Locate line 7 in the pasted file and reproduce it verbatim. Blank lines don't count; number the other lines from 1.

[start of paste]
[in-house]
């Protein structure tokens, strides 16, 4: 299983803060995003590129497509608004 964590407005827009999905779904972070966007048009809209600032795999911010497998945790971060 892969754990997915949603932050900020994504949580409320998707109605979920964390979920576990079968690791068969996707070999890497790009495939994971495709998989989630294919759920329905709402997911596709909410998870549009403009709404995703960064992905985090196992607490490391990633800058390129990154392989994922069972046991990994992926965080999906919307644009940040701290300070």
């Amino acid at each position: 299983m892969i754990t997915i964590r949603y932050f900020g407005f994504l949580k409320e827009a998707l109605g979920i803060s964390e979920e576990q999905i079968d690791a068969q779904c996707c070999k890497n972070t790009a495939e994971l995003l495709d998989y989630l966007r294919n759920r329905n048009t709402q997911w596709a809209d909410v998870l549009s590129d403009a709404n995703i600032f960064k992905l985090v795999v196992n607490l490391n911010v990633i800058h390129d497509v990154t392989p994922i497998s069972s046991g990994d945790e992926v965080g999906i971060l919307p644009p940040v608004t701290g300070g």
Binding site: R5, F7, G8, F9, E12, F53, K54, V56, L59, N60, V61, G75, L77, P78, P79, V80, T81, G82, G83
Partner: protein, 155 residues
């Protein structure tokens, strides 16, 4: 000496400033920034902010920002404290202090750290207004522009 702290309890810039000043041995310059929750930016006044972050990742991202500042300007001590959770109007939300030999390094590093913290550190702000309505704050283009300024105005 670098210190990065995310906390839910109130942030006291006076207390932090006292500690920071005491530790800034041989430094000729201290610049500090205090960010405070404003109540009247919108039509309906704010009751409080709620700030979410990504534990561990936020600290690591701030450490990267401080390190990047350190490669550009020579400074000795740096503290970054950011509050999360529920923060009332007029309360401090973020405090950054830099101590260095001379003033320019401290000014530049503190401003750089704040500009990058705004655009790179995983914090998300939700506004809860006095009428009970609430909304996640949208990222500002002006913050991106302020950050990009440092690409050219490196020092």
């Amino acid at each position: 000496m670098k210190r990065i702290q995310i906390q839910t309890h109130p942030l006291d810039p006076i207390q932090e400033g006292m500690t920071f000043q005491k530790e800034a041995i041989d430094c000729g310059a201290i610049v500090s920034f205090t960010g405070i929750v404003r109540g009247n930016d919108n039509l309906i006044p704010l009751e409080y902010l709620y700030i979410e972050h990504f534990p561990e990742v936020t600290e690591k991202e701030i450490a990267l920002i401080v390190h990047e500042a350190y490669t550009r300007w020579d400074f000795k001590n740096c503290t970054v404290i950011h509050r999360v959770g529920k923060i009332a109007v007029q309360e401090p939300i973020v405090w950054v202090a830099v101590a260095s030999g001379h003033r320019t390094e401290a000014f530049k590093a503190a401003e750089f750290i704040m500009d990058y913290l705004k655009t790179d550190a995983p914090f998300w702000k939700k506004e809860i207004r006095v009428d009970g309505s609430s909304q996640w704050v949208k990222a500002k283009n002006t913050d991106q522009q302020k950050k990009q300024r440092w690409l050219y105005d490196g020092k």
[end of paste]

């Amino acid at each position: 000496m670098k210190r990065i702290q995310i906390q839910t309890h109130p942030l006291d810039p006076i207390q932090e400033g006292m500690t920071f000043q005491k530790e800034a041995i041989d430094c000729g310059a201290i610049v500090s920034f205090t960010g405070i929750v404003r109540g009247n930016d919108n039509l309906i006044p704010l009751e409080y902010l709620y700030i979410e972050h990504f534990p561990e990742v936020t600290e690591k991202e701030i450490a990267l920002i401080v390190h990047e500042a350190y490669t550009r300007w020579d400074f000795k001590n740096c503290t970054v404290i950011h509050r999360v959770g529920k923060i009332a109007v007029q309360e401090p939300i973020v405090w950054v202090a830099v101590a260095s030999g001379h003033r320019t390094e401290a000014f530049k590093a503190a401003e750089f750290i704040m500009d990058y913290l705004k655009t790179d550190a995983p914090f998300w702000k939700k506004e809860i207004r006095v009428d009970g309505s609430s909304q996640w704050v949208k990222a500002k283009n002006t913050d991106q522009q302020k950050k990009q300024r440092w690409l050219y105005d490196g020092k």